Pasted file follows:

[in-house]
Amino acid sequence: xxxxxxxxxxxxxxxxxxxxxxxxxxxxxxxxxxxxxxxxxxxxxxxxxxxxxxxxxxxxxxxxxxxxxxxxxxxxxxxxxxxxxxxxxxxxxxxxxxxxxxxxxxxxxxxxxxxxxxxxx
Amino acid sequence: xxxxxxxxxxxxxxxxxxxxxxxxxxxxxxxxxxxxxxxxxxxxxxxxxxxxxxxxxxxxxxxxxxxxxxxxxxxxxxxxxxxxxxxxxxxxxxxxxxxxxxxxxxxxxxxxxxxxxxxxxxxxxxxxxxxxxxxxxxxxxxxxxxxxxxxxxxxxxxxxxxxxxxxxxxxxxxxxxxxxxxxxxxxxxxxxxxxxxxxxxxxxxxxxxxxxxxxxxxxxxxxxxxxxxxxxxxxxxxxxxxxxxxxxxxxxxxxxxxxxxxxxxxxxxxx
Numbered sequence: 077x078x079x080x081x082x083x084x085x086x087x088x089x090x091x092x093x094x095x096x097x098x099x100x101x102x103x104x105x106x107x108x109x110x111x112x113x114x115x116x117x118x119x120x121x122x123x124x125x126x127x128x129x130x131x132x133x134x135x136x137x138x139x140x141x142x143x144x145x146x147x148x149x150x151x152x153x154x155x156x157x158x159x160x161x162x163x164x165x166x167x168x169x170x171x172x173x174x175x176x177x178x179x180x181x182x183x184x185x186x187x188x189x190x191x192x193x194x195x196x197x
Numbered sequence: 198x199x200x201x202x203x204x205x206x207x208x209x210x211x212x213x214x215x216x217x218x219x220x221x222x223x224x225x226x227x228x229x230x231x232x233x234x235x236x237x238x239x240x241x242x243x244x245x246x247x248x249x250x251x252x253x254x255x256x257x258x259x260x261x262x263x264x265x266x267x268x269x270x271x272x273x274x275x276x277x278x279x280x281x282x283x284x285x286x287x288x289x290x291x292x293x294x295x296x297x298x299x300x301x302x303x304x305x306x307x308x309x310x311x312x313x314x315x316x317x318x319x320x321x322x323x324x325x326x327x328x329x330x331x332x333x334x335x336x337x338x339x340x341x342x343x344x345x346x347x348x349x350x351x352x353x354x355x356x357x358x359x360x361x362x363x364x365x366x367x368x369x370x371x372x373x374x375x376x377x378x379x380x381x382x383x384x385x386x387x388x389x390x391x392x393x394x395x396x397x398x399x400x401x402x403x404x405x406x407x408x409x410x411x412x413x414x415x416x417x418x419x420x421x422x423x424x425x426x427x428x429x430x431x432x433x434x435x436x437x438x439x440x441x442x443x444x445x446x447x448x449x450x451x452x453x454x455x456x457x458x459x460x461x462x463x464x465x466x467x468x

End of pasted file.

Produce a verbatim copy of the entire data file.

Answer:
[in-house]
Amino acid sequence: xxxxxxxxxxxxxxxxxxxxxxxxxxxxxxxxxxxxxxxxxxxxxxxxxxxxxxxxxxxxxxxxxxxxxxxxxxxxxxxxxxxxxxxxxxxxxxxxxxxxxxxxxxxxxxxxxxxxxxxxx
Amino acid sequence: xxxxxxxxxxxxxxxxxxxxxxxxxxxxxxxxxxxxxxxxxxxxxxxxxxxxxxxxxxxxxxxxxxxxxxxxxxxxxxxxxxxxxxxxxxxxxxxxxxxxxxxxxxxxxxxxxxxxxxxxxxxxxxxxxxxxxxxxxxxxxxxxxxxxxxxxxxxxxxxxxxxxxxxxxxxxxxxxxxxxxxxxxxxxxxxxxxxxxxxxxxxxxxxxxxxxxxxxxxxxxxxxxxxxxxxxxxxxxxxxxxxxxxxxxxxxxxxxxxxxxxxxxxxxxxx
Numbered sequence: 077x078x079x080x081x082x083x084x085x086x087x088x089x090x091x092x093x094x095x096x097x098x099x100x101x102x103x104x105x106x107x108x109x110x111x112x113x114x115x116x117x118x119x120x121x122x123x124x125x126x127x128x129x130x131x132x133x134x135x136x137x138x139x140x141x142x143x144x145x146x147x148x149x150x151x152x153x154x155x156x157x158x159x160x161x162x163x164x165x166x167x168x169x170x171x172x173x174x175x176x177x178x179x180x181x182x183x184x185x186x187x188x189x190x191x192x193x194x195x196x197x
Numbered sequence: 198x199x200x201x202x203x204x205x206x207x208x209x210x211x212x213x214x215x216x217x218x219x220x221x222x223x224x225x226x227x228x229x230x231x232x233x234x235x236x237x238x239x240x241x242x243x244x245x246x247x248x249x250x251x252x253x254x255x256x257x258x259x260x261x262x263x264x265x266x267x268x269x270x271x272x273x274x275x276x277x278x279x280x281x282x283x284x285x286x287x288x289x290x291x292x293x294x295x296x297x298x299x300x301x302x303x304x305x306x307x308x309x310x311x312x313x314x315x316x317x318x319x320x321x322x323x324x325x326x327x328x329x330x331x332x333x334x335x336x337x338x339x340x341x342x343x344x345x346x347x348x349x350x351x352x353x354x355x356x357x358x359x360x361x362x363x364x365x366x367x368x369x370x371x372x373x374x375x376x377x378x379x380x381x382x383x384x385x386x387x388x389x390x391x392x393x394x395x396x397x398x399x400x401x402x403x404x405x406x407x408x409x410x411x412x413x414x415x416x417x418x419x420x421x422x423x424x425x426x427x428x429x430x431x432x433x434x435x436x437x438x439x440x441x442x443x444x445x446x447x448x449x450x451x452x453x454x455x456x457x458x459x460x461x462x463x464x465x466x467x468x